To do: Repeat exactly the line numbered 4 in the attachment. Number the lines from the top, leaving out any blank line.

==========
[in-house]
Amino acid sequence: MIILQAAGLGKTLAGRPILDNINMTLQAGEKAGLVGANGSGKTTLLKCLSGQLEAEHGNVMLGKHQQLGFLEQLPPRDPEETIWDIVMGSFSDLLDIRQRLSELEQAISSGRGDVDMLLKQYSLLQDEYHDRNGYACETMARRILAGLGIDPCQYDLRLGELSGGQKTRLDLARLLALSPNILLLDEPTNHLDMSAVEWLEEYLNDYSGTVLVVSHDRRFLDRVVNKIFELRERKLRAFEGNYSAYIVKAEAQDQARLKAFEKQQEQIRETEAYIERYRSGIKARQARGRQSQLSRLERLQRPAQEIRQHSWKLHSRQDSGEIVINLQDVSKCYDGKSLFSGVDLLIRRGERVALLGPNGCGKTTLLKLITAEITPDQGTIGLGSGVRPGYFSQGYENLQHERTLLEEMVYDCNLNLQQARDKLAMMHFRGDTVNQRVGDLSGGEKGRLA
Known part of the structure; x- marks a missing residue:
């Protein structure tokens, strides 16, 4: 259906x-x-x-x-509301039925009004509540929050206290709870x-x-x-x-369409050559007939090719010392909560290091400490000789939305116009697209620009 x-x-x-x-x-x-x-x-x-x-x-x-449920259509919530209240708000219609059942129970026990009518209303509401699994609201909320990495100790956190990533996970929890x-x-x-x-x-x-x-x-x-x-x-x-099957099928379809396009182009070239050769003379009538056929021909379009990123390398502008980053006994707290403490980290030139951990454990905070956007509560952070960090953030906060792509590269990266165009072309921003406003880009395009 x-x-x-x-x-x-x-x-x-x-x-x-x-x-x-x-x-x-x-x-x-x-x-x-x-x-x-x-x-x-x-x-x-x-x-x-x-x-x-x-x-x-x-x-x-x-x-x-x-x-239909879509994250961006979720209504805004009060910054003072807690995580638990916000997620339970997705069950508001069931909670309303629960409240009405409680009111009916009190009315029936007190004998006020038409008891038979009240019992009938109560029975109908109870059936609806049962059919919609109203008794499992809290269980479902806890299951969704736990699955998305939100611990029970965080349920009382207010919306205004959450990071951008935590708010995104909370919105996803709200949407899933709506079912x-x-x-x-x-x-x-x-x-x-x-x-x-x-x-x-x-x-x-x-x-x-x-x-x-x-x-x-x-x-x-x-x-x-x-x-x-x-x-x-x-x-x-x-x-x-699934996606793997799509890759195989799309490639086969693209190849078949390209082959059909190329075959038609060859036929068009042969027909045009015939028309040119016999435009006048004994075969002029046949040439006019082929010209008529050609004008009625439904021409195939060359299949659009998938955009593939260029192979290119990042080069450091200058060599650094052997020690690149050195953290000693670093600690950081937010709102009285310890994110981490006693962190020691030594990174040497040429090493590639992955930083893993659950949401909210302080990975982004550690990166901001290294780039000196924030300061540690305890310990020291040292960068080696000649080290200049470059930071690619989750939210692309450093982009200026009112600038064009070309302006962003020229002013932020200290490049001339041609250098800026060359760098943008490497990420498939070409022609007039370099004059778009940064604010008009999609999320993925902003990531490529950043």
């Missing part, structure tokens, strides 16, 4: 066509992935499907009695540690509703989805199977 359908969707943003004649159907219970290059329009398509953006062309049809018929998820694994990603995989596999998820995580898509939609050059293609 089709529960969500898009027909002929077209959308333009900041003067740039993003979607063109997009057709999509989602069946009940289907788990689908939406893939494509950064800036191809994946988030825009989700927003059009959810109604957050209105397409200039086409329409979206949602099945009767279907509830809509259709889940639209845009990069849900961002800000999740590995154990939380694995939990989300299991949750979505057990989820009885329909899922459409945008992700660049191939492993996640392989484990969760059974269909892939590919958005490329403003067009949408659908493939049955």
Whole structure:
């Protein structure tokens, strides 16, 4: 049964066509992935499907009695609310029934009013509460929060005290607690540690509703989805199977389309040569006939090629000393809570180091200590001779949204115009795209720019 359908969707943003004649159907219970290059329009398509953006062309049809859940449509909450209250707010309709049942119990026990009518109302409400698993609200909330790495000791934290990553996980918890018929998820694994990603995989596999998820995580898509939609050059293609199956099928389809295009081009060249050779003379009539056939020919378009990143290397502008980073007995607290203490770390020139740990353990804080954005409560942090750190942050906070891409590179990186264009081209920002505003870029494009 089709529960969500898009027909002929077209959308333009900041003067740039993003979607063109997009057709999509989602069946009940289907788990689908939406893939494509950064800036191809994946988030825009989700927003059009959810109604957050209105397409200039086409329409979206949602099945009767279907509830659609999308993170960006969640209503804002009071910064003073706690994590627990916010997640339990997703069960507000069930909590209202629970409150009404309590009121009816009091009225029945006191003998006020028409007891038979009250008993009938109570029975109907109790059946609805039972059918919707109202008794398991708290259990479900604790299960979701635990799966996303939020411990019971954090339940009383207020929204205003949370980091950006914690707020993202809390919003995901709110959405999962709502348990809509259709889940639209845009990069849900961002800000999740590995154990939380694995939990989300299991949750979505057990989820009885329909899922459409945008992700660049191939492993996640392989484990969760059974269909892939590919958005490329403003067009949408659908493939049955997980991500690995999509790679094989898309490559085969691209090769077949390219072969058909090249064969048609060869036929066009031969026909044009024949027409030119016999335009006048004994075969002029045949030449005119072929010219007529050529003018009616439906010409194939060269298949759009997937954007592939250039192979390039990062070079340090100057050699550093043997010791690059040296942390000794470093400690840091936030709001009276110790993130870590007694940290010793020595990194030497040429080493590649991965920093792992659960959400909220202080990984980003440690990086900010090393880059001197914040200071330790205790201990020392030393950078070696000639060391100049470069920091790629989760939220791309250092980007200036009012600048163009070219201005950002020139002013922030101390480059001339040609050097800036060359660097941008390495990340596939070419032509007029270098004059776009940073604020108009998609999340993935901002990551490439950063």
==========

């Protein structure tokens, strides 16, 4: 259906x-x-x-x-509301039925009004509540929050206290709870x-x-x-x-369409050559007939090719010392909560290091400490000789939305116009697209620009 x-x-x-x-x-x-x-x-x-x-x-x-449920259509919530209240708000219609059942129970026990009518209303509401699994609201909320990495100790956190990533996970929890x-x-x-x-x-x-x-x-x-x-x-x-099957099928379809396009182009070239050769003379009538056929021909379009990123390398502008980053006994707290403490980290030139951990454990905070956007509560952070960090953030906060792509590269990266165009072309921003406003880009395009 x-x-x-x-x-x-x-x-x-x-x-x-x-x-x-x-x-x-x-x-x-x-x-x-x-x-x-x-x-x-x-x-x-x-x-x-x-x-x-x-x-x-x-x-x-x-x-x-x-x-239909879509994250961006979720209504805004009060910054003072807690995580638990916000997620339970997705069950508001069931909670309303629960409240009405409680009111009916009190009315029936007190004998006020038409008891038979009240019992009938109560029975109908109870059936609806049962059919919609109203008794499992809290269980479902806890299951969704736990699955998305939100611990029970965080349920009382207010919306205004959450990071951008935590708010995104909370919105996803709200949407899933709506079912x-x-x-x-x-x-x-x-x-x-x-x-x-x-x-x-x-x-x-x-x-x-x-x-x-x-x-x-x-x-x-x-x-x-x-x-x-x-x-x-x-x-x-x-x-x-699934996606793997799509890759195989799309490639086969693209190849078949390209082959059909190329075959038609060859036929068009042969027909045009015939028309040119016999435009006048004994075969002029046949040439006019082929010209008529050609004008009625439904021409195939060359299949659009998938955009593939260029192979290119990042080069450091200058060599650094052997020690690149050195953290000693670093600690950081937010709102009285310890994110981490006693962190020691030594990174040497040429090493590639992955930083893993659950949401909210302080990975982004550690990166901001290294780039000196924030300061540690305890310990020291040292960068080696000649080290200049470059930071690619989750939210692309450093982009200026009112600038064009070309302006962003020229002013932020200290490049001339041609250098800026060359760098943008490497990420498939070409022609007039370099004059778009940064604010008009999609999320993925902003990531490529950043």